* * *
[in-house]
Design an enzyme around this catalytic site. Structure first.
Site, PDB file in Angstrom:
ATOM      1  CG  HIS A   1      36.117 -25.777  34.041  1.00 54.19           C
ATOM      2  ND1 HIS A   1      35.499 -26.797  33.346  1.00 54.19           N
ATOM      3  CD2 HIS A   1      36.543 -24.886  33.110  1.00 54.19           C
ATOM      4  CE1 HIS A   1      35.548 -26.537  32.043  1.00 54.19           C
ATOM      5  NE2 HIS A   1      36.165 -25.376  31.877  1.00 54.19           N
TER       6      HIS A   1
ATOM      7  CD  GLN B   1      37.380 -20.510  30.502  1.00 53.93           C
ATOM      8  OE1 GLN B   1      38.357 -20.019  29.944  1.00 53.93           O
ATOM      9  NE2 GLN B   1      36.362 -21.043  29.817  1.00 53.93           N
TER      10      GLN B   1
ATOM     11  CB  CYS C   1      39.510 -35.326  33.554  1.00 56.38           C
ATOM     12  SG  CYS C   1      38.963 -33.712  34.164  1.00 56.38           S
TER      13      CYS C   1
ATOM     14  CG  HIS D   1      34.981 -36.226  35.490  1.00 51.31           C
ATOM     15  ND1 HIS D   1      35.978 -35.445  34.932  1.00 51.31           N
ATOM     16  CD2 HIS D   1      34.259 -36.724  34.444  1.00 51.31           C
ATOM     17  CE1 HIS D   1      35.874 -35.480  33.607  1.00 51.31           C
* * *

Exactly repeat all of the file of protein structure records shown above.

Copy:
[in-house]
Design an enzyme around this catalytic site. Structure first.
Site, PDB file in Angstrom:
ATOM      1  CG  HIS A   1      36.117 -25.777  34.041  1.00 54.19           C
ATOM      2  ND1 HIS A   1      35.499 -26.797  33.346  1.00 54.19           N
ATOM      3  CD2 HIS A   1      36.543 -24.886  33.110  1.00 54.19           C
ATOM      4  CE1 HIS A   1      35.548 -26.537  32.043  1.00 54.19           C
ATOM      5  NE2 HIS A   1      36.165 -25.376  31.877  1.00 54.19           N
TER       6      HIS A   1
ATOM      7  CD  GLN B   1      37.380 -20.510  30.502  1.00 53.93           C
ATOM      8  OE1 GLN B   1      38.357 -20.019  29.944  1.00 53.93           O
ATOM      9  NE2 GLN B   1      36.362 -21.043  29.817  1.00 53.93           N
TER      10      GLN B   1
ATOM     11  CB  CYS C   1      39.510 -35.326  33.554  1.00 56.38           C
ATOM     12  SG  CYS C   1      38.963 -33.712  34.164  1.00 56.38           S
TER      13      CYS C   1
ATOM     14  CG  HIS D   1      34.981 -36.226  35.490  1.00 51.31           C
ATOM     15  ND1 HIS D   1      35.978 -35.445  34.932  1.00 51.31           N
ATOM     16  CD2 HIS D   1      34.259 -36.724  34.444  1.00 51.31           C
ATOM     17  CE1 HIS D   1      35.874 -35.480  33.607  1.00 51.31           C